Brittney Lofthouse – Staff Writer
Late Wednesday, Mission Health Systems announced that they have signed a Letter of Intent to join Hospital Corporation of America, (HCA Healthcare Inc.) based in Nashville, Tenn. Mission said its board voted unanimously to execute the letter of intent with the Nashville-based for-profit health care company, which operates 177 hospitals and 119 surgery centers in the United States as well as the United Kingdom. The nonprofit community hospital group said the decision is based on its “long-term vision and commitment to preserve and expand” the organization’s quality of care in what it calls “a rapidly consolidating healthcare industry.”
While the news of the Letter of Intent, like most that comes from Mission Health Systems, caught local officials by surprise, leaders say it’s too soon to speculate on the effects.
“I met with some officials from Mission this morning,” said Franklin Mayor Bob Scott. “At this stage, it would be premature to speculate on the merger. However, I did express my concern about moving Angel to a new facility rather than renovating the current hospital. Angel Medical Center, is in many ways, the core of Franklin and there is room for expansion nearby. The community has a kinship with Angel and many of the people I have spoken with feel they too would prefer keeping the current hospital, renovating it and expanding it at the current location. However, I have heard some positive things about HCA which could mean a plus for Franklin. Time will tell as all the requirements for a merger are met. I do not expect anything to happen anytime in the near future. I believe it will be months away.”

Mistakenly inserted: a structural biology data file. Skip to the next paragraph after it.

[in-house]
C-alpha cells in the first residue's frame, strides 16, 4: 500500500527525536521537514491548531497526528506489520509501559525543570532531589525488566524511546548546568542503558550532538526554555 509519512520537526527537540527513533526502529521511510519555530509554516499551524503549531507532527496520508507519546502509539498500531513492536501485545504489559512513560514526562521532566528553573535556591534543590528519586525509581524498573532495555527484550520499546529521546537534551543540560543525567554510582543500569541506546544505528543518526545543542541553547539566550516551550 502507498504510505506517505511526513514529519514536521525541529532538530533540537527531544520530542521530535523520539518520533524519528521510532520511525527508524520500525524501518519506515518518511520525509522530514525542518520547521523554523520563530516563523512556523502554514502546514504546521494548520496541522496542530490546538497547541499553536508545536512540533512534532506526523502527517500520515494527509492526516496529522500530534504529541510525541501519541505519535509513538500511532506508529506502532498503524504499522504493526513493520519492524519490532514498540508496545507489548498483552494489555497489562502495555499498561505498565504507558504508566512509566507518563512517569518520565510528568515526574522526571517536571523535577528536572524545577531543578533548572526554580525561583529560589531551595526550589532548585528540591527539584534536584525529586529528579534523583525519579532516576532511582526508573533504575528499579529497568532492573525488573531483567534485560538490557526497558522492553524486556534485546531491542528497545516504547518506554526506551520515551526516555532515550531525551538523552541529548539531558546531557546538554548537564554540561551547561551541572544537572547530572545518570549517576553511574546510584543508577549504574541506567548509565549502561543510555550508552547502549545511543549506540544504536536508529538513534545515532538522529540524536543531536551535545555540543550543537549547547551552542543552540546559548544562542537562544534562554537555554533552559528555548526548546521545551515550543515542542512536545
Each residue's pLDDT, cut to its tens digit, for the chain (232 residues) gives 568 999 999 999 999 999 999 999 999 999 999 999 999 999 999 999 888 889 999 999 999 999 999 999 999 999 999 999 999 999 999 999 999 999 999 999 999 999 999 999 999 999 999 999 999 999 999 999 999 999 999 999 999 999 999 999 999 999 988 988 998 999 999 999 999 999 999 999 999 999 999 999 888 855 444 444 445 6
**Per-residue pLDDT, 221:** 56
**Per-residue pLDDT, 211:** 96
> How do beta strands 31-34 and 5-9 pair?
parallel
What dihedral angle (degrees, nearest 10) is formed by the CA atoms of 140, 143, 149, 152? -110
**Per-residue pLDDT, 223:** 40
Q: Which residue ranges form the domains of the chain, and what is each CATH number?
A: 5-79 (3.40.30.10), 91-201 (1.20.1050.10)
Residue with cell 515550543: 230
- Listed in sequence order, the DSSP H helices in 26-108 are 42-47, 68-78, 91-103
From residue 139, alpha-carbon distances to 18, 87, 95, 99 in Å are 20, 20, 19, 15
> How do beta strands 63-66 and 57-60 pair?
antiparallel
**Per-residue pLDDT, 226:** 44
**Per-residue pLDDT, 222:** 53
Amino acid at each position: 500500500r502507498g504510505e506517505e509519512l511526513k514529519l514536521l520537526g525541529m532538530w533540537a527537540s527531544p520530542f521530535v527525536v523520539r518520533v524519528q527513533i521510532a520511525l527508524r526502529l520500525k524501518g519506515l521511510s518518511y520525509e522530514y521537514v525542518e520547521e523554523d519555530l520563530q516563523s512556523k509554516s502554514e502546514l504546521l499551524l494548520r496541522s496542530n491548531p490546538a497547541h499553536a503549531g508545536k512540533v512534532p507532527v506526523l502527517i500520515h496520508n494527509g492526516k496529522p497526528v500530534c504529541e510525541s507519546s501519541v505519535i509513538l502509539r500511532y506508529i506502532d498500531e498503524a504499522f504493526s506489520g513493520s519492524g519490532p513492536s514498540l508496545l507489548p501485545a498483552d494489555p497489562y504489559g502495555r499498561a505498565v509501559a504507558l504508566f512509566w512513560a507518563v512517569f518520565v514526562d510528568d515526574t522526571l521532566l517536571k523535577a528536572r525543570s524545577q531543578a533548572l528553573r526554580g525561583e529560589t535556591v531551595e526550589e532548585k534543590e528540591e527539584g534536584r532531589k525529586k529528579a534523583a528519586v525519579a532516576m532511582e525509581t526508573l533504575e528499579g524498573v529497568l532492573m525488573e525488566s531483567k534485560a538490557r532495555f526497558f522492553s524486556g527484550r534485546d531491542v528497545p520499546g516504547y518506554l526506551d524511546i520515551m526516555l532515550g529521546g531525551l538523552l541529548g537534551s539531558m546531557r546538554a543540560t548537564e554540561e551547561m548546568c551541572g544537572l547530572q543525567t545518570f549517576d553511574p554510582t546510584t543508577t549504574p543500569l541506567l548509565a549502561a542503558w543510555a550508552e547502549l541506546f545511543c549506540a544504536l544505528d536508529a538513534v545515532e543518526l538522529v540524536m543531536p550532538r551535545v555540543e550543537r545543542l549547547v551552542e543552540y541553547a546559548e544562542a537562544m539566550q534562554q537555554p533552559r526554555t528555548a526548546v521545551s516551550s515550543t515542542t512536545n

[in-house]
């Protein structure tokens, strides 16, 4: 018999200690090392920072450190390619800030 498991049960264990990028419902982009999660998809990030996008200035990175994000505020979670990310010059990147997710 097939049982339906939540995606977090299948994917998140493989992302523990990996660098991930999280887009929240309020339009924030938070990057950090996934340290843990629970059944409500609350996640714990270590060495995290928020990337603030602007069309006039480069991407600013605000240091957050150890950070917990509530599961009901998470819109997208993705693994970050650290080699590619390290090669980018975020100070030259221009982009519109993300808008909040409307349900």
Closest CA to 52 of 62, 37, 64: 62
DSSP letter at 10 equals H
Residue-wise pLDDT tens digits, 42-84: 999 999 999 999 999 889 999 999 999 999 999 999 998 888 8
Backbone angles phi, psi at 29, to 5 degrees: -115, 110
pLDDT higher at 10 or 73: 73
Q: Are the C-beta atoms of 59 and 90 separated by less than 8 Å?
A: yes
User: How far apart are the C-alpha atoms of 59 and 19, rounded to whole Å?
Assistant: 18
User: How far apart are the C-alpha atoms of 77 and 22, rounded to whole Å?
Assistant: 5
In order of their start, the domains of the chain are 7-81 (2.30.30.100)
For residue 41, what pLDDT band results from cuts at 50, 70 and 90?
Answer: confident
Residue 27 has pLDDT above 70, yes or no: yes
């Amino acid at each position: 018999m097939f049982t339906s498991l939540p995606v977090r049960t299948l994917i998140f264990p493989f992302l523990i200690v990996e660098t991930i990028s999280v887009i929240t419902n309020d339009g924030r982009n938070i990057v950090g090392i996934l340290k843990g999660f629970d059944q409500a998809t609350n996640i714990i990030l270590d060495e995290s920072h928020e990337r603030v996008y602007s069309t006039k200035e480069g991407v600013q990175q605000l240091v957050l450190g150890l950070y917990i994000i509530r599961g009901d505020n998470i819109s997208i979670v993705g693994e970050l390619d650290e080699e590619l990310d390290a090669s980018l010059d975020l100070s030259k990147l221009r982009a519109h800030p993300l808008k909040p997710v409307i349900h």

The deal is subject to to the negotiation of a definitive agreement and applicable regulatory approval, Mission said. Mission launched a website —missionhealthforward.org — with the announcement to provide updates on the merger as they become available.
While details of the Letter of Intent are limited, the one thing that would be for certain that if it does go through, the move would place Mission under the umbrella of the for-profit HCA company, which has 240,000 employees throughout its system and navigates more than 27 million annual patient encounters, a fact sheet provided by the company shows. Mission Health System and its affiliates, such as Angel Medical Center and Highlands-Cashiers Hospital, will also be HCA and will be considered for-profit facilities.
“It is very early to tell what the Mission and HCA healthcare acquisition talks will produce,” said Highlands Mayor Patrick Taylor. “It appears the region is on the verge of a major change in the delivery of healthcare. My concern is that small markets and facilities, such as the Highlands/Cashiers Hospital, will be lost in the discussions, and that the community will have no input.”
A letter to employees sent by Mission Health System told employees that while nothing is set in stone, if the merger is approved, it is likely the transition would start this calendar year. Mayor Taylor said that options for the Highlands-Cashiers Hospital are still on the table and that it may break away from Mission Health System before anything is final.
“I believe all options should be on the table, even realignment with other providers like C. K Harris/Duke Life Point,” said Mayor Taylor.
The Letter of Intent does say that current projects already in works within Mission Health Systems, such as the relocation of Angel Medical Center, will be honored and continued under HCA.
“It is important to us that HCA Healthcare expresses a commitment to supporting our clinical best practices and our communities’ values,” Paulus was quoted as saying in a news release. “The recognition HCA Healthcare continues to earn for being one of the world’s most ethical companies is compelling.”
Macon County Commission Chairman Jim Tate said now that the news has settled, county leaders will have to wait for more information to see what lasting impact it will have for residents.
“My initial reaction was a sense of utter surprise, as once again, the county was caught with some unexpected news in regards to Mission’s objective, but now that the potential reality of the situation has started to settle, I have to ask myself, will this potential take-over help or hurt our local health care system? I am sure that this question is being pondered by many people, but from the county’s perspective, the ultimate goal is to help ensure that our constituents receive the best possible healthcare. And, the county will be monitoring this situation very closely to see if, when and how we can help,” said Tate.